Will I pay extra for designer braces, colored ligatures and brackets or flavored rubber bands?
Yes, but your stress levels will drop when your child looks forward to their visit at our office! In addition, the cost for these braces is a minor fraction of the cost of orthodontic treatment. Considering the time spent, orthodontics is regarded as dentistry’s best value.
Is orthodontic care expensive?
When orthodontic treatment is implemented at the proper time, treatment is often less costly than the dental care required to treat the more serious problems that can develop years later.
Orthodontic fees have not increased as fast as many other consumer products. Financing is usually available and our office offers many payment programs that will meet your needs. In addition, many insurance plans now include orthodontics.
Questions About TMJ Disorder and Wisdom Teeth
Can orthodontic treatment help me with Temporomandibular Joint (TMJ) problems?
There are some associations with a bite that is not correct (malocclusion) and TMJ disorders. TMJ disorders are a family of problems related to your complex jaw joint. If you have had symptoms like pain or a “clicking” sound, you’ll be glad to know that these problems are more easily diagnosed and treated than they were in the past. Since some types of TMJ problems can lead to more serious conditions, early detection and treatment are important.
No one treatment can resolve TMJ disorders completely and treatment takes time to be effective. Drs. Graver, Marshall and Underwood can help you have a healthier and more comfortable jaw.
TMJ disorders develop for many reasons. You might clench or grind your teeth, tightening your jaw muscles and stressing your TM joint. Or, you may have a damaged jaw joint due to injury or disease. Whatever the cause, the results may include a misaligned bite, pain, clicking or grating noises when you open your mouth, or trouble opening your mouth wide.
Do You Have a TMJ Disorder?
Are you aware of grinding or clenching your teeth?
Do you wake up with sore, stiff muscles around your jaws?
Do you have frequent headaches or neck aches?
Does the pain get worse when you clench your teeth?
Does stress make your clenching and pain worse?
Does your jaw click, pop, grate, catch, or lock when you open your mouth?
Is it difficult or painful to open your mouth, eat or yawn?
Have you ever injured your neck, head or jaws?
Have you had problems (such as arthritis) with other joints?
Do you have teeth that no longer touch when you bite?
Do your teeth meet differently from time to time?
Is it hard to use your front teeth to bite or tear food?
Are your teeth sensitive, loose, broken or worn?
The more times you answered “yes,” the more likely it is that you have a TMJ disorder. Understanding TMJ disorders will also help you understand how they’re treated.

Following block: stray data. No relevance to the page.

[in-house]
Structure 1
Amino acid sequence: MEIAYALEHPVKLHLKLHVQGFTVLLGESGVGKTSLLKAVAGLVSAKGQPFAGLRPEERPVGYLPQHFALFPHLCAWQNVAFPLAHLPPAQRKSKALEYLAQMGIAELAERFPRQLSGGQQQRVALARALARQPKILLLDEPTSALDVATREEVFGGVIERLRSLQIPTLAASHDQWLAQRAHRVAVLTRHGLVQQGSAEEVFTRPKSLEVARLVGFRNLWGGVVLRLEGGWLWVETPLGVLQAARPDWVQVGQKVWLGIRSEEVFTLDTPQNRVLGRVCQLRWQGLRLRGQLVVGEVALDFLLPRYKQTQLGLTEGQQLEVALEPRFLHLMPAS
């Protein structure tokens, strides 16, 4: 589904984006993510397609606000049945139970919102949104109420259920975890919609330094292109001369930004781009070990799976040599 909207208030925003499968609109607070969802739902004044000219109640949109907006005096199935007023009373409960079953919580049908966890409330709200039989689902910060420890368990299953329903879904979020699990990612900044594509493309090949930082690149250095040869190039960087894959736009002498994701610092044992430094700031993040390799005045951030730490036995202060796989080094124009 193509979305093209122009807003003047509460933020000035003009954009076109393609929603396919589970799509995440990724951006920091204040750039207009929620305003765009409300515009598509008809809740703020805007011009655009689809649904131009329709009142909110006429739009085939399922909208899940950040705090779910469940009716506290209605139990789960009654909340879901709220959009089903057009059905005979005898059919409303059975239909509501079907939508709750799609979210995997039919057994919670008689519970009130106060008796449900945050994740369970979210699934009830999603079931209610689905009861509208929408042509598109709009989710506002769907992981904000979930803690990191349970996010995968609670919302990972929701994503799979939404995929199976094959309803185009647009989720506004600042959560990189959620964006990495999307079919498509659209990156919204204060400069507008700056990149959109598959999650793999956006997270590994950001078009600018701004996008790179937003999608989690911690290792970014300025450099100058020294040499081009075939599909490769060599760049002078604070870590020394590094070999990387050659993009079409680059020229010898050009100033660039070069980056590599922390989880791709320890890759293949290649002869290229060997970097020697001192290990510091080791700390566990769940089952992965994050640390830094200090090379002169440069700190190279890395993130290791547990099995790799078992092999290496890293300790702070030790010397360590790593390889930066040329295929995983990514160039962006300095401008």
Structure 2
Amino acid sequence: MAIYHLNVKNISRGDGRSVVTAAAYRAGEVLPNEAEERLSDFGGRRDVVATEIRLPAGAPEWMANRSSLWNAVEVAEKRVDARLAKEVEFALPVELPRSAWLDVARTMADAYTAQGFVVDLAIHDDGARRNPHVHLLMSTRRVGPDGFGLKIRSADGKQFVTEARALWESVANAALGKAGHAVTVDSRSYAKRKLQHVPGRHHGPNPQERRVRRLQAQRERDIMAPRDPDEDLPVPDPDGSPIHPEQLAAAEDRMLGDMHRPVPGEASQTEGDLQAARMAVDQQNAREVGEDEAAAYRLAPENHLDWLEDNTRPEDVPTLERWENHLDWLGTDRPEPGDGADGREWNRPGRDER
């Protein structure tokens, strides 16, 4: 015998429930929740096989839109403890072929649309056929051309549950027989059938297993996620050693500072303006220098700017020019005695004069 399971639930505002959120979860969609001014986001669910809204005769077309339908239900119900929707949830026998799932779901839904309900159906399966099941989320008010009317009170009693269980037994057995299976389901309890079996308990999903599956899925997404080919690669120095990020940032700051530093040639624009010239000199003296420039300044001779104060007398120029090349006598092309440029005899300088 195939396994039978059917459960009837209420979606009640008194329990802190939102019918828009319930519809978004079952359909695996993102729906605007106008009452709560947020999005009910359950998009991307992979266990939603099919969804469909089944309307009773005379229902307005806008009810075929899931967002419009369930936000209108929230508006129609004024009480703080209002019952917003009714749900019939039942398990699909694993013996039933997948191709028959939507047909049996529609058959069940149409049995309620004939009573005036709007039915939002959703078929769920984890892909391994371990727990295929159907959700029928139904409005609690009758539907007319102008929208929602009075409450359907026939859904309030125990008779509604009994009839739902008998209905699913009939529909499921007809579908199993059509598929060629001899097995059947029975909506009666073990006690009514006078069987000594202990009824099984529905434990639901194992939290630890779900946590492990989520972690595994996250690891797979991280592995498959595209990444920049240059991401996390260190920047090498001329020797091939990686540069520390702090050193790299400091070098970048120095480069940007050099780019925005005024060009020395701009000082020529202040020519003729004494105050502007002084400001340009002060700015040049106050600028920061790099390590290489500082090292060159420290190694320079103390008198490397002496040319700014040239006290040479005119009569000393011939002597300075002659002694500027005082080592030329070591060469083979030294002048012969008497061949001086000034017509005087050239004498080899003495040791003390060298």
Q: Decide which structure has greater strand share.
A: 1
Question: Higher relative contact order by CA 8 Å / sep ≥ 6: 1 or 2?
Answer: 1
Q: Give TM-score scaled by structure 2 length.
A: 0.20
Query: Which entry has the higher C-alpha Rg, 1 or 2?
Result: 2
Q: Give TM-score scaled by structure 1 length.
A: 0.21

There are various treatment options that we can utilize to improve the harmony and function of your jaw. Once an evaluation confirms a diagnosis of TMJ disorder, we will determine the proper course of treatment. It is important to note that treatment always works best with a team approach of self-care as well as professional care.
Do wisdom teeth affect crowding of teeth after braces have been removed?
Unfortunately, the answer is not entirely clear. There are data to support and refute the claims that wisdom teeth cause crowding after braces have been removed. For this reason, we recommend wearing retainers full time after removal of braces. The orthodontist will tell you when you can switch to nighttime only wearing. Each patient is different so the time interval to go to nighttime only depends on the individual case. Always follow exactly what the orthodontists have told you to do.
The average adult has thirty-two teeth by age eighteen: sixteen teeth on the top and sixteen teeth on the bottom. Each tooth in the mouth has a specific name and function. The teeth in the front of the mouth (incisors, canine and bicuspid teeth) are ideal for grasping and biting food into smaller pieces while the back teeth, or molar teeth, are used to grind food up into a consistency suitable for swallowing.
However, the average mouth is made to hold only 28 teeth. It can be painful when 32 teeth try to fit in a mouth that holds only 28 teeth. These four other teeth are your Third Molars, also known as “wisdom teeth.”
Why Should I Remove My Wisdom Teeth?
Wisdom teeth are the last teeth to erupt within the mouth. When they align properly, and gum tissue is healthy, wisdom teeth do not have to be removed. Unfortunately, this does not generally happen. The extraction of wisdom teeth is necessary when they are prevented from properly erupting within the mouth. They may grow sideways, partially emerge from the gum, and even remain trapped beneath the gum and bone. Impacted teeth can take many positions in the bone as they attempt to find a pathway that will allow them to erupt successfully.
These poorly positioned impacted teeth can cause many problems. When they are partially erupted, the opening around the tooth allows bacteria to grow and will eventually cause an infection. The result: swelling, stiffness, pain and illness. The pressure from the erupting wisdom tooth may move other teeth and disrupt the orthodontic or natural alignment of teeth. The most serious problem occurs when tumors or cysts form around the impacted wisdom tooth, resulting in the destruction of the jawbone and healthy teeth. Removal of the offending impacted tooth or teeth usually resolves these problems.